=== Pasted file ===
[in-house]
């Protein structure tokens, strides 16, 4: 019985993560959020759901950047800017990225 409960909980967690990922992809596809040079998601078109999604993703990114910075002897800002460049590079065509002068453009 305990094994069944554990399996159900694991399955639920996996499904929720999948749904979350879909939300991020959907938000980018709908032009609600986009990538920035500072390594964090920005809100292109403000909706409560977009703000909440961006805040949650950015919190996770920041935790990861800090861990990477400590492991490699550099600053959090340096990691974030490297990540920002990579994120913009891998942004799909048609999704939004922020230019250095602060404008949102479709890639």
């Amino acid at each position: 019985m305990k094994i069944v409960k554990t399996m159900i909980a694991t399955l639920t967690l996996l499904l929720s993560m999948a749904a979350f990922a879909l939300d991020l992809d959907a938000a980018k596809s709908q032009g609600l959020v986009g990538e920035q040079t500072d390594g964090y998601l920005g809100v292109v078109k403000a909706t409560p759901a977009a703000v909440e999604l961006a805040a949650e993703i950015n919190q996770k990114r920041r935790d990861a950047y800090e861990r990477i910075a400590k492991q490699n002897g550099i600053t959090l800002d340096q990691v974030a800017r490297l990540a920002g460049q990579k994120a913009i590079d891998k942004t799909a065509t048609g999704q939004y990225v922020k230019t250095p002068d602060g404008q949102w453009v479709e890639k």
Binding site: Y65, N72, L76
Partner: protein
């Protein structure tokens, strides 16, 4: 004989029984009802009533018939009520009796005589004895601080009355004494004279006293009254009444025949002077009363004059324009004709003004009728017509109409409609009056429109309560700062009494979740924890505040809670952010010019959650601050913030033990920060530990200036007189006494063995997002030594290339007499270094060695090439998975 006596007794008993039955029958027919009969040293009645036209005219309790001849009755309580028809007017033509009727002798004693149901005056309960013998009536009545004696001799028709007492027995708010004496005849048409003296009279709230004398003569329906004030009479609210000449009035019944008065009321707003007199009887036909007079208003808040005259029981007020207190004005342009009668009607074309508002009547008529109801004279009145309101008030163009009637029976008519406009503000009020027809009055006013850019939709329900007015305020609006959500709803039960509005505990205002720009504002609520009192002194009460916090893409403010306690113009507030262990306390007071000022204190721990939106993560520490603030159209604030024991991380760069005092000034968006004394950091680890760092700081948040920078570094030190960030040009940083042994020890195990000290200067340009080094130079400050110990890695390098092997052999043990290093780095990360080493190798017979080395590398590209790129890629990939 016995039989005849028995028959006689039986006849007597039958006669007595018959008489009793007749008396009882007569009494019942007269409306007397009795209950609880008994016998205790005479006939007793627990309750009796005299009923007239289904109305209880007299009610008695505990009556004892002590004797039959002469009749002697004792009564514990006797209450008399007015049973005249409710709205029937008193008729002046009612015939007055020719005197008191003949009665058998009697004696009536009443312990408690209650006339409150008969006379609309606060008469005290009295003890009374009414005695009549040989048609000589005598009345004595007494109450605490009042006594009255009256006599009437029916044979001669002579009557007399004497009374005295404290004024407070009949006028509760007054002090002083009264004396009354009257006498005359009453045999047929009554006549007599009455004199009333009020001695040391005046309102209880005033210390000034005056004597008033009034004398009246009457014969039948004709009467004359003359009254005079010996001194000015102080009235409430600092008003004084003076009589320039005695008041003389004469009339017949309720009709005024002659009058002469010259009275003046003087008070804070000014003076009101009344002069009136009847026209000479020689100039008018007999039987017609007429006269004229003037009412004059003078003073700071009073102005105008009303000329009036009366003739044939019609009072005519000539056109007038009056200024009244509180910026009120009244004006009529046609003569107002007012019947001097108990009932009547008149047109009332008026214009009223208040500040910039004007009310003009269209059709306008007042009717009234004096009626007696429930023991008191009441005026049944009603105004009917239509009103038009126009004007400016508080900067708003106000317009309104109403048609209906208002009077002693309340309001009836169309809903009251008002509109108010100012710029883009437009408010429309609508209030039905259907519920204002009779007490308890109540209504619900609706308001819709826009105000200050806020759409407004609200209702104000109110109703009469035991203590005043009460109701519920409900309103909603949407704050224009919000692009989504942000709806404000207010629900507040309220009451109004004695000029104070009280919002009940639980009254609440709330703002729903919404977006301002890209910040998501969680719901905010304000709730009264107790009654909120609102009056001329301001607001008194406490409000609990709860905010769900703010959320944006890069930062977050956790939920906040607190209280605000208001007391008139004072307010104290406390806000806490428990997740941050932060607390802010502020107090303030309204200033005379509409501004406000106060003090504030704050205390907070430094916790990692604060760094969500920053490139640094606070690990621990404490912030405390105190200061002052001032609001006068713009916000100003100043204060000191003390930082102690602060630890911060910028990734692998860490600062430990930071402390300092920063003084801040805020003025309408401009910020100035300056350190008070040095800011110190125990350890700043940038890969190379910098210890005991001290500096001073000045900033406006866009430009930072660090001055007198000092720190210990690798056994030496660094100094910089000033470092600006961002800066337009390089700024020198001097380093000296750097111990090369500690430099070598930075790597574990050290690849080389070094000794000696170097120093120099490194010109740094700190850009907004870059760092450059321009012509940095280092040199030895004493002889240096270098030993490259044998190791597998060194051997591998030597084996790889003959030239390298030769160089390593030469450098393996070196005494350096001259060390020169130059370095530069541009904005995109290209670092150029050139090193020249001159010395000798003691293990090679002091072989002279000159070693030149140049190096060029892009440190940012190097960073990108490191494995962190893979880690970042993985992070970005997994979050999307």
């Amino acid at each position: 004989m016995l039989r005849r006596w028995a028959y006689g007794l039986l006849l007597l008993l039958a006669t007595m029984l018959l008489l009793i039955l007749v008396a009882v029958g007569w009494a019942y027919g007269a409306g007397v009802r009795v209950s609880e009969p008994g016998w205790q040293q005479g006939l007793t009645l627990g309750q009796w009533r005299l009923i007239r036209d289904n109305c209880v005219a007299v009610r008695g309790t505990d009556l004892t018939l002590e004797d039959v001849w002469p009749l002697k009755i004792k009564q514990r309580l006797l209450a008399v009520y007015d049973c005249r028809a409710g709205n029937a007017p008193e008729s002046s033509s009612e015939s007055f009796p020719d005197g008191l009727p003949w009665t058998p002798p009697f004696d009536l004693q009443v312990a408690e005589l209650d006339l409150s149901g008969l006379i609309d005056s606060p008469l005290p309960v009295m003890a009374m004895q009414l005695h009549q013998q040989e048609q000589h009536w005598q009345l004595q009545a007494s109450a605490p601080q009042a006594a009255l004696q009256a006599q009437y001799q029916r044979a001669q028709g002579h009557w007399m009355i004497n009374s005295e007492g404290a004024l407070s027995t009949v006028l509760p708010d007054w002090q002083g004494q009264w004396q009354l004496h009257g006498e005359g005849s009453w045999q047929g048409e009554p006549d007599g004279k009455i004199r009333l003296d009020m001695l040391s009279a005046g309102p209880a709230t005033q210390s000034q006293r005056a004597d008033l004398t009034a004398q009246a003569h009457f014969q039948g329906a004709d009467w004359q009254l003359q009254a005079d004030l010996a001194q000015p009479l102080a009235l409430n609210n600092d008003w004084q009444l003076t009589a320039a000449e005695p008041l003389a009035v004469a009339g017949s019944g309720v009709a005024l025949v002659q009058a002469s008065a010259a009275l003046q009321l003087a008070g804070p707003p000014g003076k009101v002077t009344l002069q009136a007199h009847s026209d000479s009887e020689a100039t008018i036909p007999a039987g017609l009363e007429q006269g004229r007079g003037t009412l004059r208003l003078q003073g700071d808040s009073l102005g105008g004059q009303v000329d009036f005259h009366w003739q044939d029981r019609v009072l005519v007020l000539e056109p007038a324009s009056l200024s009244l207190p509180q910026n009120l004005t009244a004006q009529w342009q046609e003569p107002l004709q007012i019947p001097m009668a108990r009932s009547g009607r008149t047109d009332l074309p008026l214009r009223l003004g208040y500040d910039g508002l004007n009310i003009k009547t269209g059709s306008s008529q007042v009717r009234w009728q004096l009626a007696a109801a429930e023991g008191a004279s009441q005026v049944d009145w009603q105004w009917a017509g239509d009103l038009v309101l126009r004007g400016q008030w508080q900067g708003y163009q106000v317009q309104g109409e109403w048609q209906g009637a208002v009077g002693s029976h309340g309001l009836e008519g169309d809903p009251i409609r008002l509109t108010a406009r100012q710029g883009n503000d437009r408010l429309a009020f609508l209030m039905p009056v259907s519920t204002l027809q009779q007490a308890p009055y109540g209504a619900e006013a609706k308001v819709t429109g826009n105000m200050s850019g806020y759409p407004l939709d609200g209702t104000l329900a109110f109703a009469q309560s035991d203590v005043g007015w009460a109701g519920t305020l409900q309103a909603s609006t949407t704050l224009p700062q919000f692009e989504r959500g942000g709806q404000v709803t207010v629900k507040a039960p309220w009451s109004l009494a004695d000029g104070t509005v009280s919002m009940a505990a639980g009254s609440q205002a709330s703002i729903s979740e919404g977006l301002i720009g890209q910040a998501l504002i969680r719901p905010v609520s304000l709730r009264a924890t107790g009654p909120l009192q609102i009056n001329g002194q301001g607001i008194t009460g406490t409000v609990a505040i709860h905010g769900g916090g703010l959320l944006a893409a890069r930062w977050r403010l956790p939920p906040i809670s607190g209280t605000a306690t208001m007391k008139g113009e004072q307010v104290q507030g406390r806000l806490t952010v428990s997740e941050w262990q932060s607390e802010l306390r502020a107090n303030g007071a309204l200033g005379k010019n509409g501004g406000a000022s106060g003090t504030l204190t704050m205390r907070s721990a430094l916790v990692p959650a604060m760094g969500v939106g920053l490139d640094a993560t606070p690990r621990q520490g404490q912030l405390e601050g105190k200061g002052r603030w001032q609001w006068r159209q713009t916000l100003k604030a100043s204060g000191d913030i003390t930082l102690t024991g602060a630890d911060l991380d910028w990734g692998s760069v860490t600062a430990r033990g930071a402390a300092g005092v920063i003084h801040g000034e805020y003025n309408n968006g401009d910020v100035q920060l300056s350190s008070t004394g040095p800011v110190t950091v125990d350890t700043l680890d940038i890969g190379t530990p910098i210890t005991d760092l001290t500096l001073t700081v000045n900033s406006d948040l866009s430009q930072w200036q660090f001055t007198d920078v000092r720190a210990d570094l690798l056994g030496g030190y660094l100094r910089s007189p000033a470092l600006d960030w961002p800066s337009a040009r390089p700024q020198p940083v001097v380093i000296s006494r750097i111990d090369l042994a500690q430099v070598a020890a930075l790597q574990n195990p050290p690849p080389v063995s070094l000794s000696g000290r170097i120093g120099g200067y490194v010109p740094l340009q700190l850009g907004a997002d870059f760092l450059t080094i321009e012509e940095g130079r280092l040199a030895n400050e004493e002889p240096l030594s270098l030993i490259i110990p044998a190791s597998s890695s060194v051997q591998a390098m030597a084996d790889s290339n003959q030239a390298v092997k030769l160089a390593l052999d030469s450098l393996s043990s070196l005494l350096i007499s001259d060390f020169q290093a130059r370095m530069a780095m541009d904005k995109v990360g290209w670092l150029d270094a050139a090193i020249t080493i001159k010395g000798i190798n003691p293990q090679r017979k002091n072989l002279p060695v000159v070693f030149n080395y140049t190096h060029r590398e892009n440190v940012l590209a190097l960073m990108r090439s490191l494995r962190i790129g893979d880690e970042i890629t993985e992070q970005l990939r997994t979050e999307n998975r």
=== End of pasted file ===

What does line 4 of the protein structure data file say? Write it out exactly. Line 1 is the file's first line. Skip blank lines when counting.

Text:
Binding site: Y65, N72, L76